Bill & Melinda Gates Hall at Cornell University
Gates Hall is a new computer science building for students of Cornell in Ithaca, New York. Designed by Morphosis Architects, the building features Zahner custom systems for the soffit, interior entry foyer, and exterior facade. The building, named for Bill & Melinda Gates, is a dedicated building for Cornell University's Computing and Information Science (CIS) program.
The project's facade is designed using generative processes developed by Morphosis. Its unique appearance also serves the building's environment performance, reducing heat gain while providing natural light into the offices and classrooms.
The complex facade appears to be made up of unique parts, but there are several typical forms which are cleverly spaced to give the appearance that each part is unique. This technique of using the negative space to create complex visuals is a hallmark of the architecture firm's genius, and can be seen on other Morphosis projects such as Emerson College LA and Bloomberg Center.
Emerson College LA is designed by Morphosis with a series of custom facade systems design-engineered, manufactured, and installed by Zahner. The new Emerson College campus in Los Angeles provides a landmark for film and performing arts students of the Boston-based college to study in an immersive environment. The innovative design by the esteemed architects at Morphosis provides an integrated and efficient experience for both visitors and students.Working with Zahner's Design Assist team of engineers, designers and fabricators, this generative design was developed for manufacturing. A team of Zahner installers completed the project in Los Angeles, providing the campus with a visually compelling, efficiently envisioned, and rapidly completed building envelope system.The project was certified LEED Gold in 2014.
Zahner worked with Morphosis to optimize the frame panel system, reducing it to the fewest number of components. By switching from bulky hollow frames to a combination of angles and plates, Zahner minimized the leading edges and simplified its compound joint conditions, resulting in sharper lines and cleaner forms at a reduced cost.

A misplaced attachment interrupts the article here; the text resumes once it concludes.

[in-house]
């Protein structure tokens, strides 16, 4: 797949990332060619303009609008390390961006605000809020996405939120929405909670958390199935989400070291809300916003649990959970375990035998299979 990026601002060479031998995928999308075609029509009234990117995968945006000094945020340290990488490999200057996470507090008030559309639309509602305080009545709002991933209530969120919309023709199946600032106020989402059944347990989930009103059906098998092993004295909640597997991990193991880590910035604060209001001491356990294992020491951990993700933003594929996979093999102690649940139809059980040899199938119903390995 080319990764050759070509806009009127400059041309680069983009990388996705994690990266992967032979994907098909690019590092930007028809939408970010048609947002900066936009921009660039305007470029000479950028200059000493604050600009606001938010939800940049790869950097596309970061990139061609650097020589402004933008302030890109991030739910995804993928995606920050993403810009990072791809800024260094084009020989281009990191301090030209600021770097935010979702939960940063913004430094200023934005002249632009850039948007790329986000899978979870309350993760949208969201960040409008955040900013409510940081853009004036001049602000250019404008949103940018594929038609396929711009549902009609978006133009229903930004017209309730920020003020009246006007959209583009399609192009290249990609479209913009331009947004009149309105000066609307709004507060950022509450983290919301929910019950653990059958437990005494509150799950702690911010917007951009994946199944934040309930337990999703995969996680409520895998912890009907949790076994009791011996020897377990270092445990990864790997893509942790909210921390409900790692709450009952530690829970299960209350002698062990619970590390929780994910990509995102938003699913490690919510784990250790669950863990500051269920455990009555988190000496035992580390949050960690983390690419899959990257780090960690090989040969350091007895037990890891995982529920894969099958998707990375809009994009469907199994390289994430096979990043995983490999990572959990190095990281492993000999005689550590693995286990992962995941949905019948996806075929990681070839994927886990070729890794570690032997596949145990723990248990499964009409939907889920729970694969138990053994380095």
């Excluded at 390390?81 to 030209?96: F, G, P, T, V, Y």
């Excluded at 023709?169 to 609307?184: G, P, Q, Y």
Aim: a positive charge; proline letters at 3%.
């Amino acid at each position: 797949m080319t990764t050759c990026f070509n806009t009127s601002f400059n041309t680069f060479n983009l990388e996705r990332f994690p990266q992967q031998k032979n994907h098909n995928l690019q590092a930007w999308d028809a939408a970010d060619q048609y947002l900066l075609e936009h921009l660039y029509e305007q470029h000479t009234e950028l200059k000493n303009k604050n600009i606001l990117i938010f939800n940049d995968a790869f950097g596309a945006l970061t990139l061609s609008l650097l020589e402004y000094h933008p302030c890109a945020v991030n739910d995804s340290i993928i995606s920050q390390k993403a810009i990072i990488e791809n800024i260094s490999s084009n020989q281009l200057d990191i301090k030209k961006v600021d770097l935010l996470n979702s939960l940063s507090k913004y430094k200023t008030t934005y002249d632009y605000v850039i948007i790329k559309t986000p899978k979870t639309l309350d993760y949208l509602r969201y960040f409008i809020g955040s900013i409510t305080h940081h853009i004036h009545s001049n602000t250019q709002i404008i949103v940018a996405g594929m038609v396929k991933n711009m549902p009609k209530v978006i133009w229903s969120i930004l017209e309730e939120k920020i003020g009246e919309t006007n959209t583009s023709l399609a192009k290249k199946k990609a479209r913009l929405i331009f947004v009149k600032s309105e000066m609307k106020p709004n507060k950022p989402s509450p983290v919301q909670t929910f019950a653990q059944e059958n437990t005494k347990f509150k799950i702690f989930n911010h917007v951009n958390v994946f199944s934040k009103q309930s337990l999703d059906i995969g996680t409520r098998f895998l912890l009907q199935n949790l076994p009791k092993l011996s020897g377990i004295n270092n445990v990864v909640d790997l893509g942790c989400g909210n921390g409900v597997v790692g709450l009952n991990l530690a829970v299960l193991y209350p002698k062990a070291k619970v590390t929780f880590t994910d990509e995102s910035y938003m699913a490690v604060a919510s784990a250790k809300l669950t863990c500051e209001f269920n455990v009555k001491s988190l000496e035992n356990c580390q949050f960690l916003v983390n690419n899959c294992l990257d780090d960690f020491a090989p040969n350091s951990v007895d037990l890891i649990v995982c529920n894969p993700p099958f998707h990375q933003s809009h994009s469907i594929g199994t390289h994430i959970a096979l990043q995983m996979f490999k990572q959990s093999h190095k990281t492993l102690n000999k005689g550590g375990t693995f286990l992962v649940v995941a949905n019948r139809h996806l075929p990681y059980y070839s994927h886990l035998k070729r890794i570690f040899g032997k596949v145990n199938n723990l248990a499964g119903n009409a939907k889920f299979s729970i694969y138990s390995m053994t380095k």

Field time and layout were reduced immensely by using a three-point attachment scheme and coordinating anchor locations beforehand, which were fabricated into the mullions. There are 450 total framed panels using 90 panel types, fabricated by Zahner for the facade. Each panel was pre-designated and automatically numbered with its specific location and pre-installed mullion incorporated anchor-tabs awaiting their arrival.
The facade project team included Zahner working directly with glass installer W&W to optimize the panel system. Thornton Tomasetti provided the structure's engineering, and Welliver was the construction manager that coordinated and ensured the project's success. The project team’s delivery of the angular sunshades should contribute to the building's expected LEED Gold certification.
Reducing the cost of the Gates Hall facade with Design Assist
Because Zahner not only fabricates but also engineers its facades, Design Assist is often employed for complex facades such as Gates Hall at Cornell. By managing the project under a Design Assist contract, Zahner was able to refine the façade elements with Morphosis to arrive at a system that achieved the aesthetic intent and was streamlined for fabrication and installation.
Using Zahner's Design Assist process allowed Morphosis to hone the costs of their design while meeting its visual requirements. Once the design intent was solidified, Zahner clarified the forms, both aesthetically and functionally. This resulted in reduced waste and construction delays, as well as a reduction in the overall cost.
The facade was designed to create the illusion of movement through a series of rigid forms. By varying the shape and angle that panels integrated into the panel system, Morphosis was able to create smooth transitions across the surface. Each panel is mounted on a staggered galvanized steel frame, and skinned with perforated stainless steel.
Building the Entrance Soffit
In addition to the building's generative facade, Zahner also engineered and manufactured the bright orange soffit under the main entrance. The sloping curves of the painted aluminum soffit contrast against the angularities of its framed panels.
Zahner used the ZEPPS assemblies on the soffit to achieve this flowing surface. Systematic production of seven internal fin members per panel created the continuous curves and minimized the number of joints. Support members follow the profile of the soffit to ensure the efficiency of the final surface and optimal installation.
Building with Morphosis
Zahner has worked with Morphosis on several projects including Cooper Union and Clyde’s Wine and Dine in New York City, and the Eugene Federal Courthouse in Oregon, and Emerson LA in California. Because of these successful collaborations, Morphosis brought Zahner onboard during the planning stages to provide Design Assist.